Review of The Sociology of Russia’s Future Outlook: Preliminary Results

Polis. Politicheskiye issledovaniya. no. 5 (2022): 117–136

How Do Russians Envision Their Future?

A. A. Tokarev, I. D. Kravchuk, M. Yu. Boyko, and R. V. Ilyinsky

The state is an exploiter
This research is the first in a series of articles about the outlook for the Russian future that has been formed in the mass consciousness of Russians over the 10-year horizon starting in 2021–2022. Using a psychographic method within focus groups conducted across the country, the authors try to answer the question: “How do Russian citizens view their future?” The respondents are divided into three age cohorts: 18–30, 31–55, and 56+. In the first stage, the researchers present an analysis of 36 focus groups conducted in 18 cities, towns, and villages in 14 Russian regions (from Moscow to the Kamchatka Peninsula). Despite the emphasis on future perception, the text also describes current problems that Russians face, in comparison with data from leading sociological centers. Based on the analysis of drawings and transcripts of focus groups, the authors identify six large-scale discrepancies, or “splits,” within Russian society that, in the long term, can lead to widespread socio-political crisis. The tendencies of unconditional paternalism, low level of personal responsibility felt by citizens, deep inequality between Russian regions, and mutual feeling of alienation between those in power and the rest of society are described in detail.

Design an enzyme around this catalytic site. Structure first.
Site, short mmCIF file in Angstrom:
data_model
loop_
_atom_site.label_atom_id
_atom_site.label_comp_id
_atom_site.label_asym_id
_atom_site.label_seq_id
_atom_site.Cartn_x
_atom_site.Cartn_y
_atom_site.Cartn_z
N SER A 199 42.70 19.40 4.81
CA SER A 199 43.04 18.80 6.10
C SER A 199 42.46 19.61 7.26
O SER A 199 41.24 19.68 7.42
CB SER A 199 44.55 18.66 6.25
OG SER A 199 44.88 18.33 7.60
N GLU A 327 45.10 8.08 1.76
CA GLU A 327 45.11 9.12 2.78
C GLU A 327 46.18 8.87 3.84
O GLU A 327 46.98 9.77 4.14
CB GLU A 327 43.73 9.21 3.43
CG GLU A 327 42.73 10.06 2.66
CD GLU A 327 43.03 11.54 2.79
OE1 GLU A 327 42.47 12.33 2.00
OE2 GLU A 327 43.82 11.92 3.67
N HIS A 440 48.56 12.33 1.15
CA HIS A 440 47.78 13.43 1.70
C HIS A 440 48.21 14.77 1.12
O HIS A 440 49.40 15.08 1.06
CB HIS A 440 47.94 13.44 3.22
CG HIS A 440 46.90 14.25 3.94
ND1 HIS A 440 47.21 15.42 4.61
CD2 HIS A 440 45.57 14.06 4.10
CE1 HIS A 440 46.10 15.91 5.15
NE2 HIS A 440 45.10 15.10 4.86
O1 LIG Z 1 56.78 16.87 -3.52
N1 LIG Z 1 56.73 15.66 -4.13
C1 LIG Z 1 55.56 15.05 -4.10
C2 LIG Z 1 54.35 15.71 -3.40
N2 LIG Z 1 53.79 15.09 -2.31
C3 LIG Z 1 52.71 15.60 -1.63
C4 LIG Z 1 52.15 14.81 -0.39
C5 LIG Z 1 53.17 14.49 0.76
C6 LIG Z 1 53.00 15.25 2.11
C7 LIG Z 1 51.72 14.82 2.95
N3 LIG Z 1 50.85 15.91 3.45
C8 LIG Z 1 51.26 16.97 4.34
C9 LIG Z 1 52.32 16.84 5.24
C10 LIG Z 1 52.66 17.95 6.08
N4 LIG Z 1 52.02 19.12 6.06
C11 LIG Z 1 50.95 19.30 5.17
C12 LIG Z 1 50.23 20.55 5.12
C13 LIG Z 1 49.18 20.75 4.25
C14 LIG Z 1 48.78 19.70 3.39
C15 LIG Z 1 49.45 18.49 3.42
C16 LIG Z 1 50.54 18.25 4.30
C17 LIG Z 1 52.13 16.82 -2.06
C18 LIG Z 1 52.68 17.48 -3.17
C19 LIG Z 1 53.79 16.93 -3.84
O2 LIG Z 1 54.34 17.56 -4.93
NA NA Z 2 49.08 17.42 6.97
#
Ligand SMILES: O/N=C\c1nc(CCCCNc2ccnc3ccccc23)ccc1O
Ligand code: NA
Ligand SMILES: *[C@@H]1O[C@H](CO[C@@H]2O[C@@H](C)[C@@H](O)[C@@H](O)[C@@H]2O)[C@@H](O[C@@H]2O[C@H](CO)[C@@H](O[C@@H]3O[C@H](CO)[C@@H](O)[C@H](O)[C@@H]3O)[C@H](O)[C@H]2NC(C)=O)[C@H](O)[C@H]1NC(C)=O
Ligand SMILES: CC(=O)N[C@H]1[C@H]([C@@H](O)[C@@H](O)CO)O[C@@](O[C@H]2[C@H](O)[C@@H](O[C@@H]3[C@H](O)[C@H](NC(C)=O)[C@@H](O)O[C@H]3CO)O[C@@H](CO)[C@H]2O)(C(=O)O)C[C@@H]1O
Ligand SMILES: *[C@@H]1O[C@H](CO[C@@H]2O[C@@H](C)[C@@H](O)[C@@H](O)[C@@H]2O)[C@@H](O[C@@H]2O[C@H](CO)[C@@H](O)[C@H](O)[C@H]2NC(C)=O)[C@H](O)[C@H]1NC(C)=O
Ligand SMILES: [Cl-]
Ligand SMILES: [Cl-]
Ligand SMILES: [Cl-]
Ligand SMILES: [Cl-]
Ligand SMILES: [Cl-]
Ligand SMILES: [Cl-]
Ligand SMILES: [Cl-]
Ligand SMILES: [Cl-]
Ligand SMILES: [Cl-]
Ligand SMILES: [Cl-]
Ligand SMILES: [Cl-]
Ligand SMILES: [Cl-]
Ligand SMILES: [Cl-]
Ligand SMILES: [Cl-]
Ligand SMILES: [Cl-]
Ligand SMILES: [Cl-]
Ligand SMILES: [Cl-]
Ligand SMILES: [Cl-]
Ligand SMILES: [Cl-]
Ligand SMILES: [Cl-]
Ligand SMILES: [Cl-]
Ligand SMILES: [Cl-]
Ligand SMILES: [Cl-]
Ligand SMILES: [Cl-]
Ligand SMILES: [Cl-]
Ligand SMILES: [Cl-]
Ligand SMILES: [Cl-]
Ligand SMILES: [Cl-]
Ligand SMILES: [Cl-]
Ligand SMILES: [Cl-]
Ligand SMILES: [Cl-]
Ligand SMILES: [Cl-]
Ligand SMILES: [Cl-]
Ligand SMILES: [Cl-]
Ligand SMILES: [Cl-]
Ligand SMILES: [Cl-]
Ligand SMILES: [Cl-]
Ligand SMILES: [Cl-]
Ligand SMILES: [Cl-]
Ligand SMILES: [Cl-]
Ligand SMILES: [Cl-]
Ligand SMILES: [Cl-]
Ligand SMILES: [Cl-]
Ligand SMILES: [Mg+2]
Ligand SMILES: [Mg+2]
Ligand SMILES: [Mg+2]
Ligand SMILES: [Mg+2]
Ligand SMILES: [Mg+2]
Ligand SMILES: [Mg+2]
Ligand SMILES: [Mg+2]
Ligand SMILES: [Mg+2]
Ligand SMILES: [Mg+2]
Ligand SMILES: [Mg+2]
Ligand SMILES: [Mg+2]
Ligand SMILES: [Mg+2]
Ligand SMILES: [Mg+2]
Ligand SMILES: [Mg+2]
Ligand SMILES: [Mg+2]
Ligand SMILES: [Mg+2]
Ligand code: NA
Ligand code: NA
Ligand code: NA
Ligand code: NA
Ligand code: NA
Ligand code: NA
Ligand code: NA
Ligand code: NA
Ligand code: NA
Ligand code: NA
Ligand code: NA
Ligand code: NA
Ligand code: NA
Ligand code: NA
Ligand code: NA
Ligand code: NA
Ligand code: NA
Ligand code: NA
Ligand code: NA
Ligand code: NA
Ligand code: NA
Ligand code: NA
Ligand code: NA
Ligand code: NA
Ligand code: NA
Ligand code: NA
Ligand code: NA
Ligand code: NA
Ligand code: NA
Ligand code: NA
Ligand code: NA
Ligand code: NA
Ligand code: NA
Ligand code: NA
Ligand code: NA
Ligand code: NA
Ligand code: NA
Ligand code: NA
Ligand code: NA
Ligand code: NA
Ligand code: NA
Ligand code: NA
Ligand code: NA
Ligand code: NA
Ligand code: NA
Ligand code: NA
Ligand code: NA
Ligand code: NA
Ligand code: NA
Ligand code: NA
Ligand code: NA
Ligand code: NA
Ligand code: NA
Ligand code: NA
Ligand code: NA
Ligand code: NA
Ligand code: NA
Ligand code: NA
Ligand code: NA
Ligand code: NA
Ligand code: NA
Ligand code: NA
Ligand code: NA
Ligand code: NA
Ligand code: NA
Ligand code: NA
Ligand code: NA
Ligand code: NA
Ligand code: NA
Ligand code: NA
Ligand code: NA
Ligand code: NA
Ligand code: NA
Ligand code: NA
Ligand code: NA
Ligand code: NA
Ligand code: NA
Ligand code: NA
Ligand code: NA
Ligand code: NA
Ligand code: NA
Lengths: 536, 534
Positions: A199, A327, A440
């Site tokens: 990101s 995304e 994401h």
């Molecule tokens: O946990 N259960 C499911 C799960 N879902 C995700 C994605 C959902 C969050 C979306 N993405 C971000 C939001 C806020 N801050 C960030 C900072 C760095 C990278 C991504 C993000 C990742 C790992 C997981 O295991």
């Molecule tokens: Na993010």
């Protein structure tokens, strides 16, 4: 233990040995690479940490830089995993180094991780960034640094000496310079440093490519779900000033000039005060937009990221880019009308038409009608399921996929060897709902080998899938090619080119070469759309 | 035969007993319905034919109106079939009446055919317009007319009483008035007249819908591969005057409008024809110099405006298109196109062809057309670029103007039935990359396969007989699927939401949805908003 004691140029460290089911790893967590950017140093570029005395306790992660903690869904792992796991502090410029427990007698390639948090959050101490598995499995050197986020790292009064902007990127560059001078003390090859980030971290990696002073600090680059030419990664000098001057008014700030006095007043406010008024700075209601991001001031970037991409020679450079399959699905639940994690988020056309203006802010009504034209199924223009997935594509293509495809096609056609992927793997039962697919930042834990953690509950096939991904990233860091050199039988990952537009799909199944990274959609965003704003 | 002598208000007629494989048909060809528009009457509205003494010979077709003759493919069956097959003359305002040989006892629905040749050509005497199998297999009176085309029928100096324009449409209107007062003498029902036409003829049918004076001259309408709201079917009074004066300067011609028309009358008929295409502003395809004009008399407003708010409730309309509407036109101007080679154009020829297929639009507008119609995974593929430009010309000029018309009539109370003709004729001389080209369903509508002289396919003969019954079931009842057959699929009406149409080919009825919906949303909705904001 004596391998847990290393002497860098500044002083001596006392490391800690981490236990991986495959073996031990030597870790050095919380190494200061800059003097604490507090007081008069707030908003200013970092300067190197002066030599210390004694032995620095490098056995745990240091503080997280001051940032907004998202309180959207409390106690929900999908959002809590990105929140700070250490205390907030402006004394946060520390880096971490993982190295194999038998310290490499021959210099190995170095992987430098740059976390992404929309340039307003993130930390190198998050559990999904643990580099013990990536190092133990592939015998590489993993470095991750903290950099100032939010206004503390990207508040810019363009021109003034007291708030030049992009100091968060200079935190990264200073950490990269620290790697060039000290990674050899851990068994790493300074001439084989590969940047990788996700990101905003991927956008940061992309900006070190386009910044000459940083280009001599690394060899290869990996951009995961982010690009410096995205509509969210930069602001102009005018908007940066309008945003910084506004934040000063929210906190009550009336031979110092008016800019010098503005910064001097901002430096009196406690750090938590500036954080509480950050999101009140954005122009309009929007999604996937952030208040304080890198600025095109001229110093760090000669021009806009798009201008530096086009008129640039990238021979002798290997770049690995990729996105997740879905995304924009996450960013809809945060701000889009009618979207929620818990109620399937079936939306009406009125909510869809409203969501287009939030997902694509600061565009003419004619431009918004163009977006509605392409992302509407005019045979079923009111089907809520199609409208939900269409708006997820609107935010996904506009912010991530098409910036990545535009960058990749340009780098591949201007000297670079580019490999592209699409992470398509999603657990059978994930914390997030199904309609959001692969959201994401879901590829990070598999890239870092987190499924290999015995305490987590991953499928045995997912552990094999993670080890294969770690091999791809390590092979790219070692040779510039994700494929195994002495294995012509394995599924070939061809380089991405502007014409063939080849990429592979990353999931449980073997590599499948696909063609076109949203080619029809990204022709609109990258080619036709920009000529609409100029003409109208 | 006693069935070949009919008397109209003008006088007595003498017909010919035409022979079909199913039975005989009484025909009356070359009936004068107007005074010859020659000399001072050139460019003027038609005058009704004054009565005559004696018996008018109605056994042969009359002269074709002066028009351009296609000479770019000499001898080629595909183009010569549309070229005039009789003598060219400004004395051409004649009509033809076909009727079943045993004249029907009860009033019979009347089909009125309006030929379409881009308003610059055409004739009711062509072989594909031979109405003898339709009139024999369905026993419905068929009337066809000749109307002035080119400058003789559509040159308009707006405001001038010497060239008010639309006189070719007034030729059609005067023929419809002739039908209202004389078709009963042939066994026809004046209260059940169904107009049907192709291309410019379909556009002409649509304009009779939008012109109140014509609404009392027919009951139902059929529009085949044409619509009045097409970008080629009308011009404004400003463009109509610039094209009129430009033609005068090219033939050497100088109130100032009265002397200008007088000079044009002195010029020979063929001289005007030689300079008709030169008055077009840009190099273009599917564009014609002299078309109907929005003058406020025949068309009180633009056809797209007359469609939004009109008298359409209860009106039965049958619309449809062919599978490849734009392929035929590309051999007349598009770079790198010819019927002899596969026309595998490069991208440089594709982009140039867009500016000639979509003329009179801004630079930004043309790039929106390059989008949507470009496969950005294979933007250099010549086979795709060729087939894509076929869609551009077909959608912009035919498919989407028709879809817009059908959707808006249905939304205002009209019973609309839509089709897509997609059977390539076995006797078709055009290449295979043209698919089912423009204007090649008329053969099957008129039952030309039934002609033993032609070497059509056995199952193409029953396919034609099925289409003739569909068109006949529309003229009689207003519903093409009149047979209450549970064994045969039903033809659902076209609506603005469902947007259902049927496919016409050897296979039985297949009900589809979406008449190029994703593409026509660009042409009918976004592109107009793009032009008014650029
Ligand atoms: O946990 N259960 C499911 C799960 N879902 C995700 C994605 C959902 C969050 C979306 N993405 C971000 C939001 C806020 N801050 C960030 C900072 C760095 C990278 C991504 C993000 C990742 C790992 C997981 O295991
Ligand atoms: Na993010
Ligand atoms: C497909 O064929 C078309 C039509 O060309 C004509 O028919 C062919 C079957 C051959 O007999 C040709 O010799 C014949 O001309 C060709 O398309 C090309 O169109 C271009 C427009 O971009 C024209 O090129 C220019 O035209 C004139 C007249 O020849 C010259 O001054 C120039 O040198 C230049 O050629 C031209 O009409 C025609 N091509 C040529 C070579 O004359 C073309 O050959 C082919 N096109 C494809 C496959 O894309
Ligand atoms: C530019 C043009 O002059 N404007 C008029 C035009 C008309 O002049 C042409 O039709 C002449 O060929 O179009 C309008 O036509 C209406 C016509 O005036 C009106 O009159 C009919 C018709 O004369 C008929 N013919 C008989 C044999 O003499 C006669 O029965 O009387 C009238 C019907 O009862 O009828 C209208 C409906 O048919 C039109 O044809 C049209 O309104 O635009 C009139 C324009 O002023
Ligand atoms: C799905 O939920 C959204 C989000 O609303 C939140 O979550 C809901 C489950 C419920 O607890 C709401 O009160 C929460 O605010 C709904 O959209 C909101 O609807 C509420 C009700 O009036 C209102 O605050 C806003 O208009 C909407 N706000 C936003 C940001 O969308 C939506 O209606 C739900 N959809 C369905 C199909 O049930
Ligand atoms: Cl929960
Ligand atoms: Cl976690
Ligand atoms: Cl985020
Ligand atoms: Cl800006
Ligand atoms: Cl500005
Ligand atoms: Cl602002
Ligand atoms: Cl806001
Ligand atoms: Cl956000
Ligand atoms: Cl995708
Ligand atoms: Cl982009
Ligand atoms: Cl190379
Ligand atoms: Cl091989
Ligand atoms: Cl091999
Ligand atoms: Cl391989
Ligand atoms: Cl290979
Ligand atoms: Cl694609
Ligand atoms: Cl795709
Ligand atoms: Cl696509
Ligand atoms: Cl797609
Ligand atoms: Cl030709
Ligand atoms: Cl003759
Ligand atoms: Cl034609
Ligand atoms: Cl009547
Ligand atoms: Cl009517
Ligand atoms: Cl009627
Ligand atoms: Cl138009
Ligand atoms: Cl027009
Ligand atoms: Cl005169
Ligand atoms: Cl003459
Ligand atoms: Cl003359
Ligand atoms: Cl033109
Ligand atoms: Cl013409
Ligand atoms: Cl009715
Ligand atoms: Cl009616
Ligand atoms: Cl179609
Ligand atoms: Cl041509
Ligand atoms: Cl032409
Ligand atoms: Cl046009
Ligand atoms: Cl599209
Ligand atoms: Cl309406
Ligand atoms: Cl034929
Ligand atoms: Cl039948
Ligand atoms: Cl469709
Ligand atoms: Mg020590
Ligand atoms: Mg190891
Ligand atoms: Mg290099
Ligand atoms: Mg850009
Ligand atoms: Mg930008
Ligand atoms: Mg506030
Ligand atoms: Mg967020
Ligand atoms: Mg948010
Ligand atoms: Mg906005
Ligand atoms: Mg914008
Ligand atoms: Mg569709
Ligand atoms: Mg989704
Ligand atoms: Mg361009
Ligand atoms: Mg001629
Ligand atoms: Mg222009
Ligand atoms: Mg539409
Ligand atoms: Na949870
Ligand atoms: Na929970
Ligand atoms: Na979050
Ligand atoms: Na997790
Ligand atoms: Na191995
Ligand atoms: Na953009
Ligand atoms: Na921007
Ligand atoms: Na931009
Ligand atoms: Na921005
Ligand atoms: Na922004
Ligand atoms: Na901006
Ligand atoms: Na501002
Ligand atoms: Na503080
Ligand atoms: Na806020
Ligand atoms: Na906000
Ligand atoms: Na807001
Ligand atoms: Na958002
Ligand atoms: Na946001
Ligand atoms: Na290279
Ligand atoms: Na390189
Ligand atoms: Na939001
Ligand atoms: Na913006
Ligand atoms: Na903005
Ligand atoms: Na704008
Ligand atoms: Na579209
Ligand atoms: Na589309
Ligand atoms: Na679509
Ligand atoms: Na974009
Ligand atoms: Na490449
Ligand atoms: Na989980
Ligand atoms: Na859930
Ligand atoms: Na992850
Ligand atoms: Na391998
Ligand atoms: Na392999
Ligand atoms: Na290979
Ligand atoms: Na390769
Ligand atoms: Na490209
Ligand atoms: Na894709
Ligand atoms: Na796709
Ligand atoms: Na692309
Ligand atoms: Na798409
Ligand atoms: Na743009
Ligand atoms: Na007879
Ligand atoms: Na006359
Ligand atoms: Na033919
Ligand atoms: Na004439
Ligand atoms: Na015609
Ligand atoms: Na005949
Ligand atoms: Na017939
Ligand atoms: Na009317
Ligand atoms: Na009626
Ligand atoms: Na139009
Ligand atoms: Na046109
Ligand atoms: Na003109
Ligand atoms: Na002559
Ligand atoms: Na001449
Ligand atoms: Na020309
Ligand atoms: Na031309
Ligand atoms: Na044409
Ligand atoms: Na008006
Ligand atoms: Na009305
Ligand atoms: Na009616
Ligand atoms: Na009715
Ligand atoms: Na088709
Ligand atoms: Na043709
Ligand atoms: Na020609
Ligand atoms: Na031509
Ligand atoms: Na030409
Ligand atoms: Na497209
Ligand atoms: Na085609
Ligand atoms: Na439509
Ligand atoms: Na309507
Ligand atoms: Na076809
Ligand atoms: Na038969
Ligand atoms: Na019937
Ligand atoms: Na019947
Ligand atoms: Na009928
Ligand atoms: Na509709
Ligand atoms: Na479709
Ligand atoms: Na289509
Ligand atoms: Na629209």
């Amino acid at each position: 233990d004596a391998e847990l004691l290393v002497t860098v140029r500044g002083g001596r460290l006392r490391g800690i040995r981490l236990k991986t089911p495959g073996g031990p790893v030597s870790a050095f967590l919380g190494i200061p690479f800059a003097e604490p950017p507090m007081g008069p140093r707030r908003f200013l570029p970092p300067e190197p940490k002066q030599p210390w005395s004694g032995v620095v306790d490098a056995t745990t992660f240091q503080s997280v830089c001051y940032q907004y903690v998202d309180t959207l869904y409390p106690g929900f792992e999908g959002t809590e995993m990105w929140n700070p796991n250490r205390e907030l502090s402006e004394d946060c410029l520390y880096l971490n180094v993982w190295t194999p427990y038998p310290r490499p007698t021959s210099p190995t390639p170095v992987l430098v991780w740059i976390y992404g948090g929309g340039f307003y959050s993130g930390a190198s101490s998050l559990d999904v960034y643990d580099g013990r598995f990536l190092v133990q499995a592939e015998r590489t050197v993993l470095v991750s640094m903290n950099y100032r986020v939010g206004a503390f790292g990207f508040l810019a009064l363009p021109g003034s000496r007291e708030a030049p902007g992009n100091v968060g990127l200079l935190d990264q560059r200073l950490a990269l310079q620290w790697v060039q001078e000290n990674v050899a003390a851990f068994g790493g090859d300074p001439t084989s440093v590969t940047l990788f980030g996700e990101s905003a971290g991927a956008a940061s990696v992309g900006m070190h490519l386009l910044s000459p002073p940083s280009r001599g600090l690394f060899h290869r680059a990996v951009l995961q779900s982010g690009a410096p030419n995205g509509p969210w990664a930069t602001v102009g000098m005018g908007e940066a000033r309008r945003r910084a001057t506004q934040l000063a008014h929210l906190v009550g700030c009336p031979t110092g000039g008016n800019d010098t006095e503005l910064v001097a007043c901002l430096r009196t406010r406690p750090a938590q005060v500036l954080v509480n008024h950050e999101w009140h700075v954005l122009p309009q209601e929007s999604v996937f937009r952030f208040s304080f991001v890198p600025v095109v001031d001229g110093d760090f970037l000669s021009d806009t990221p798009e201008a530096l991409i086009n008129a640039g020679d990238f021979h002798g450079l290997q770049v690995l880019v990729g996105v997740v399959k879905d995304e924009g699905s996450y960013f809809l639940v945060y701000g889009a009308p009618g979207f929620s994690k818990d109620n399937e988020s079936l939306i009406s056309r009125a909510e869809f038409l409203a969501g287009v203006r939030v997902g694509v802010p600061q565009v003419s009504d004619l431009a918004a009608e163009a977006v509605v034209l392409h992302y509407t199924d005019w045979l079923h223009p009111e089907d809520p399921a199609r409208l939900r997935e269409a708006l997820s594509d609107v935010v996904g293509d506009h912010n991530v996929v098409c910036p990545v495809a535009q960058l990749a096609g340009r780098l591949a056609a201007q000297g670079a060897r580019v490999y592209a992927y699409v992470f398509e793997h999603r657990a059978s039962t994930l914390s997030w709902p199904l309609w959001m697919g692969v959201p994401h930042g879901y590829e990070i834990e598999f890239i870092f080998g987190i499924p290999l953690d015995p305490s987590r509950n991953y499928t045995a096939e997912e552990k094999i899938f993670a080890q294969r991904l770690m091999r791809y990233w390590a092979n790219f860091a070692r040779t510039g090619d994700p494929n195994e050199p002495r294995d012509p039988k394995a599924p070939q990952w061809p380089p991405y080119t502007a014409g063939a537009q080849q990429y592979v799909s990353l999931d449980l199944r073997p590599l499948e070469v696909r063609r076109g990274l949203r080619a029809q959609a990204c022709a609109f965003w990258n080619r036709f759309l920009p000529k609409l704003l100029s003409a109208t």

The main mass trait of the respondents is a low sense of responsibility for their own future and a desire to rely on the government. This does not mean that people have the intention to rebel, avoid taxes, or commit crimes for self-enrichment. Negative motives encounter the same obstacle as low responsibility when it comes to envisioning their future. The majority of people are law-abiding and patriotic, willing to pay taxes, and do not have problems with law enforcement. Despite recognizing the problems of social and economic development, the average person is not inclined to move to another country or take personal initiative. They rely on the government as the only agent of change. However, despite the lack of social planning and low sense of responsibility, the average person is not stupid and is aware of the disparities within Russian society, which can lead to social explosion when the level of resentment and injustice surpasses the personal unwillingness to act.

The authors determine the major problems of society as follows:
  1. Weak correspondence between the formal status of bureaucracy at the federal, regional, and municipal levels and its actual legitimacy;
  2. Lagging dynamics of price changes compared to salary and pension increases (including the lack of indexation for working pensioners);
  3. Imbalance between the sense of historical, cultural, and international significance of the country, understanding of its national wealth, and the discrepancy between these factors and subjective feelings of one's own standard of living;